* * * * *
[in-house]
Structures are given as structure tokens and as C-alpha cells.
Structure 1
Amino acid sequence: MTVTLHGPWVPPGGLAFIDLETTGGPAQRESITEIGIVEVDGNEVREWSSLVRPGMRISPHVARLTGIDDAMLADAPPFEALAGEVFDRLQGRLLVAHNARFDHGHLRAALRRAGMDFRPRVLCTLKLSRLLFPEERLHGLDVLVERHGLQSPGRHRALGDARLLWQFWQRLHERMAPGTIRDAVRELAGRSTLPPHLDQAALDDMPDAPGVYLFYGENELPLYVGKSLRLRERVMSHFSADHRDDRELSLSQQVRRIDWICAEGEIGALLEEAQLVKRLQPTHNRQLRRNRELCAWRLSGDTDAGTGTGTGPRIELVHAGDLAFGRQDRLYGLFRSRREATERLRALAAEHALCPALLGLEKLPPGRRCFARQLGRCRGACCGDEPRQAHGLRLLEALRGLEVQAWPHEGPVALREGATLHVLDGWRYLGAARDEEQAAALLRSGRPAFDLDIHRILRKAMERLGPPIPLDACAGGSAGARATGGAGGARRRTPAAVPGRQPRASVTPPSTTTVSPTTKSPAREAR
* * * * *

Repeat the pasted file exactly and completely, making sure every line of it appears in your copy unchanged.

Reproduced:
[in-house]
Structures are given as structure tokens and as C-alpha cells.
Structure 1
Amino acid sequence: MTVTLHGPWVPPGGLAFIDLETTGGPAQRESITEIGIVEVDGNEVREWSSLVRPGMRISPHVARLTGIDDAMLADAPPFEALAGEVFDRLQGRLLVAHNARFDHGHLRAALRRAGMDFRPRVLCTLKLSRLLFPEERLHGLDVLVERHGLQSPGRHRALGDARLLWQFWQRLHERMAPGTIRDAVRELAGRSTLPPHLDQAALDDMPDAPGVYLFYGENELPLYVGKSLRLRERVMSHFSADHRDDRELSLSQQVRRIDWICAEGEIGALLEEAQLVKRLQPTHNRQLRRNRELCAWRLSGDTDAGTGTGTGPRIELVHAGDLAFGRQDRLYGLFRSRREATERLRALAAEHALCPALLGLEKLPPGRRCFARQLGRCRGACCGDEPRQAHGLRLLEALRGLEVQAWPHEGPVALREGATLHVLDGWRYLGAARDEEQAAALLRSGRPAFDLDIHRILRKAMERLGPPIPLDACAGGSAGARATGGAGGARRRTPAAVPGRQPRASVTPPSTTTVSPTTKSPAREAR